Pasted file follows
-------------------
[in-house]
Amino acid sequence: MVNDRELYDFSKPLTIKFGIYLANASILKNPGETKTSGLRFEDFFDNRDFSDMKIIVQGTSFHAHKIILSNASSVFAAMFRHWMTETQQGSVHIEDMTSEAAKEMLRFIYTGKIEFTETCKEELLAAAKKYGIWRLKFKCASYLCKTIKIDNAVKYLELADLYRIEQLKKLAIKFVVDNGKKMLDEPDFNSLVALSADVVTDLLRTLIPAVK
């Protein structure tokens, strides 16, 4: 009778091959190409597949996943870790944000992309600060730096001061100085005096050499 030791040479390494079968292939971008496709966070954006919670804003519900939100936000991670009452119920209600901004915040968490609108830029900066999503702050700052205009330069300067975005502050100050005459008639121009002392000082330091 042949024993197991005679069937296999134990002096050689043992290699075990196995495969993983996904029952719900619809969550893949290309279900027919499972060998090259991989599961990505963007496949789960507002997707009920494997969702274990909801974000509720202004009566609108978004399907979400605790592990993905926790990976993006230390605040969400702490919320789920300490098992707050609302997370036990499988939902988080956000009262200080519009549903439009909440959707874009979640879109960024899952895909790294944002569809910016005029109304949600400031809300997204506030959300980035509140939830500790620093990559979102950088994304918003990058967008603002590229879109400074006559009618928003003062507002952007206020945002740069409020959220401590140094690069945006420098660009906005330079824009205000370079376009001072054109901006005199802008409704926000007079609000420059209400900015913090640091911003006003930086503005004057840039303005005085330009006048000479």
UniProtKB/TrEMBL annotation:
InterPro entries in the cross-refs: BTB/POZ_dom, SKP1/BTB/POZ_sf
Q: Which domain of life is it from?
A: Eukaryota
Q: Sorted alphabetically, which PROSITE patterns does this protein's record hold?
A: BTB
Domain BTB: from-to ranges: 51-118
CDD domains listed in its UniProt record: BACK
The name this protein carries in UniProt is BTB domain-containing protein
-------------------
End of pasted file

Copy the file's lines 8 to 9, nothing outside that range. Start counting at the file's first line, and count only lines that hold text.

Q: Sorted alphabetically, which PROSITE patterns does this protein's record hold?
A: BTB